For Kelly Ring, family has always been first

For people lucky enough to know Kelly Ring, they know she is – above all – a mom. FOX 13 viewers have watched her kids grow up, so we wanted to get her family's take on Kelly's career, from her husband of 27 years, Ed, to Clark, Kendall and Raleigh.

FOX 13 Archive: Boys contract HIV through blood transfusions

The Ray family learned their three boys had contracted HIV from blood transfusions and were diagnosed with AIDS. At the time, little was known about the disease, other than it was fatal. FOX 13’s Kelly Ring interviewed the family after they were thrust into the national spotlight and spoke with them again, nearly 40 years later.

Florida family recalls children's AIDS deaths after transfusions

In the late 1980s, little was known about HIV and AIDS. A Central Florida family may have moved public awareness forward after their small children contracted the disease from blood transfusions. They're looking back on their tragedy and the hope they gained for others.

Covering Cuba after the Cuban Missile Crisis

FOX 13's Kelly Ring and a crew of journalists were able to enter Cuba to cover the PanAm Games in the 1990s, but they were also able to cover the conditions of everyday Cubans living in poverty.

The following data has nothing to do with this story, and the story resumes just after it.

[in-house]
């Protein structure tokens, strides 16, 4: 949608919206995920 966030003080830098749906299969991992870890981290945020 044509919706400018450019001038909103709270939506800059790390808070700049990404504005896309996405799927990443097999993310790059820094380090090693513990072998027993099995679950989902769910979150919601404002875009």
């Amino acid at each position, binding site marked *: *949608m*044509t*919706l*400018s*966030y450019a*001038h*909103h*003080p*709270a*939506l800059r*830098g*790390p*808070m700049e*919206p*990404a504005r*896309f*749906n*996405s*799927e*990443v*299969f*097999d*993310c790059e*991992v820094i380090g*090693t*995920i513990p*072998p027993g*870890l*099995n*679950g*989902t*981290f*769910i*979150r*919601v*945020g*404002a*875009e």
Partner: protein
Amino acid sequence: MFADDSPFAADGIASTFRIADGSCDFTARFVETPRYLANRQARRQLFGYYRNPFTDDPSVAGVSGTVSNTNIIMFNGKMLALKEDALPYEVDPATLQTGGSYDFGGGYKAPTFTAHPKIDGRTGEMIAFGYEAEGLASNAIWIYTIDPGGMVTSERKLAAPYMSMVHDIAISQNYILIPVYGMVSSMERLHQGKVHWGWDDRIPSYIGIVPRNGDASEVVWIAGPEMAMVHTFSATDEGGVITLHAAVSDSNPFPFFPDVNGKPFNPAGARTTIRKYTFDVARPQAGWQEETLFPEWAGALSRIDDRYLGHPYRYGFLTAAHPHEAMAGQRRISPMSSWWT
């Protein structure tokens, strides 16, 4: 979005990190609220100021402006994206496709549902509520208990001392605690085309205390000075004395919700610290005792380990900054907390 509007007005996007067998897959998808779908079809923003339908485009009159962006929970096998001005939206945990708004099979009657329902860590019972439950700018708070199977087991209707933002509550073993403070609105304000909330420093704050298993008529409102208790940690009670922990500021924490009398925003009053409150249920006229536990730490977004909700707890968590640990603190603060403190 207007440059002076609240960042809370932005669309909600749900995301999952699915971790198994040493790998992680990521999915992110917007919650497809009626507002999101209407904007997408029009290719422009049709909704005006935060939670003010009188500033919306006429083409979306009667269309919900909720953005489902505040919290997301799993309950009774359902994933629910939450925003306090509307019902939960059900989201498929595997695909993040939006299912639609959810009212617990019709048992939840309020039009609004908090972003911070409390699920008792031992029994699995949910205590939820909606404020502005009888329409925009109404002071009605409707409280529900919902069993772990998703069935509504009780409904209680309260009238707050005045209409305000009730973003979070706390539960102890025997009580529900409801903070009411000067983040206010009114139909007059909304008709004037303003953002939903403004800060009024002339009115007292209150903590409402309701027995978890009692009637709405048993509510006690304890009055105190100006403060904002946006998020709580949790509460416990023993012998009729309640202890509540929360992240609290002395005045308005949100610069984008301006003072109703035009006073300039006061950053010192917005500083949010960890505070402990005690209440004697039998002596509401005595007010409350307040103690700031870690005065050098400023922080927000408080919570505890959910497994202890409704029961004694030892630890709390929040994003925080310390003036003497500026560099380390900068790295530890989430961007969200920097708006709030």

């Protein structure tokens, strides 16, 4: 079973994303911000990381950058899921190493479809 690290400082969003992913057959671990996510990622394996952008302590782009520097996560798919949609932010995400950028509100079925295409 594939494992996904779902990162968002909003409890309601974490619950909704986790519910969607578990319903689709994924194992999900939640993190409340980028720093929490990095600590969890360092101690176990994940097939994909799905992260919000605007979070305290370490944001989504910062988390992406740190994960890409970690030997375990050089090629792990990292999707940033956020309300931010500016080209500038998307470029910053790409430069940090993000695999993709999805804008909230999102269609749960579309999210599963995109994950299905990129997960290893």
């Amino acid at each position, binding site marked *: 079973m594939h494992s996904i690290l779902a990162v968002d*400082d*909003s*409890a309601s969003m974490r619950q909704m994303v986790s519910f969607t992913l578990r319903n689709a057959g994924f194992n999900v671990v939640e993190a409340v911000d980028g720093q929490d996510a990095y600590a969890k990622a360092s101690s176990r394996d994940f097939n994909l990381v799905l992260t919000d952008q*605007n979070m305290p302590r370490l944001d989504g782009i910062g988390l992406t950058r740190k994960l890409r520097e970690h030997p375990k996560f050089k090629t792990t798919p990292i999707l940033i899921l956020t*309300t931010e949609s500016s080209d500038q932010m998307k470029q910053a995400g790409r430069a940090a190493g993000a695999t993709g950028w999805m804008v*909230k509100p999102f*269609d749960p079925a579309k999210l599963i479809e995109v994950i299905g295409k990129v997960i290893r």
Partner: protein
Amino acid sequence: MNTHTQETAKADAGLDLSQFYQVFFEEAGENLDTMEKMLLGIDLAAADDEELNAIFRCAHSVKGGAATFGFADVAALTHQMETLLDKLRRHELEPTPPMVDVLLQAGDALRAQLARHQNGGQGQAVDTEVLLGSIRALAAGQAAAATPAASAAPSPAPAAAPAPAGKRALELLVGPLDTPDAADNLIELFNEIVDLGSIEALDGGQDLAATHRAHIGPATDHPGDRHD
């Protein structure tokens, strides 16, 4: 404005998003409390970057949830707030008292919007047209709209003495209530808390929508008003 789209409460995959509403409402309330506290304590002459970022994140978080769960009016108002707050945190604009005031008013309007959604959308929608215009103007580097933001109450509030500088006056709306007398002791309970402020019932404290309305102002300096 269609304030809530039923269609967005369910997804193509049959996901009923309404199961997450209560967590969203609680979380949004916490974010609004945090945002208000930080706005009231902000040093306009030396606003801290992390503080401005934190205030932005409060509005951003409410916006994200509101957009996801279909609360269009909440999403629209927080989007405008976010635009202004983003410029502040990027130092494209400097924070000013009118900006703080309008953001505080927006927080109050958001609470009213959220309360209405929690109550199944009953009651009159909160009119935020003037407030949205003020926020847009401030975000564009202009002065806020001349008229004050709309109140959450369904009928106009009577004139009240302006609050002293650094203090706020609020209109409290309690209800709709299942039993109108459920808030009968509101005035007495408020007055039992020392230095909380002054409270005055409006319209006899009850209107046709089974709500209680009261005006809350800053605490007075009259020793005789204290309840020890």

Cubans suffered as the PanAm Games played on

In 1991, Cuba was trying to establish normalcy on the heels of the Cold War and the Cuban Missile Crisis, but people living in the communist country were desperate to be in contact with loved ones in the United States – many in the Bay Area. FOX 13 was able to obtain visas to cover the PanAm Games, however, Kelly Ring and her crew were also able to document the living conditions for Cubans.

From 1989: New WTVT studios

After the original 1950s-era building became a bit cramped, WTVT moved into new studios in 1989. We took the opportunity to highlight our involvement in the community, which is still an important part of our business.

From 1985: Big 13 'specialists'

A series of spots from 1985 that highlight the different beats that our reporters covered at the time. See if you can recognize some of them -- despite their classic 1980s hair.